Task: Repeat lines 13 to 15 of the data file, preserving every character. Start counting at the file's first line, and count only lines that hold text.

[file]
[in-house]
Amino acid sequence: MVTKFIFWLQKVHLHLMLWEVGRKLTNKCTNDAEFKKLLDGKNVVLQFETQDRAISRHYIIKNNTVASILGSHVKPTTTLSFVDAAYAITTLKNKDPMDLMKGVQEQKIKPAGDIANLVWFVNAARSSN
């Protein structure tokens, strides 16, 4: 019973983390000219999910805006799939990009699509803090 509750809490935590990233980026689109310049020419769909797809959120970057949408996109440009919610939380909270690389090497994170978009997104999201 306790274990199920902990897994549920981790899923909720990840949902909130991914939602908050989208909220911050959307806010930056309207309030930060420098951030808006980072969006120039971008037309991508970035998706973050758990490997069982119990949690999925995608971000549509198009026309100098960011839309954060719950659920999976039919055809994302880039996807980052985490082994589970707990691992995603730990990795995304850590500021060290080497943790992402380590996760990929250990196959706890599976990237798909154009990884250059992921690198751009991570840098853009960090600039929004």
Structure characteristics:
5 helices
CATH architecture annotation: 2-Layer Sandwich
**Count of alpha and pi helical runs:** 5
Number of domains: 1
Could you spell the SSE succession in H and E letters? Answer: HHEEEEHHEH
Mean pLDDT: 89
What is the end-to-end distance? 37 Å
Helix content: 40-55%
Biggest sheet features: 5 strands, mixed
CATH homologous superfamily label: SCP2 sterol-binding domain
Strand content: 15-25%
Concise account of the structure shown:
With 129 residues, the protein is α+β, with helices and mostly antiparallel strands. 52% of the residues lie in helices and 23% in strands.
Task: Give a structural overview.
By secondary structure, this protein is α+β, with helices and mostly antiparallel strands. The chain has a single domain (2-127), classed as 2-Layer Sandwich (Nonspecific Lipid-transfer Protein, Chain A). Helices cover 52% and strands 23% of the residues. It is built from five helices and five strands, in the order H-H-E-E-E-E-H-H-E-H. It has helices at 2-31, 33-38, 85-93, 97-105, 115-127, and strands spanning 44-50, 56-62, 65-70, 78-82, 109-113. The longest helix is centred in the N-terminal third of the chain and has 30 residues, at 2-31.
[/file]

Biggest sheet features: 5 strands, mixed
CATH homologous superfamily label: SCP2 sterol-binding domain
Strand content: 15-25%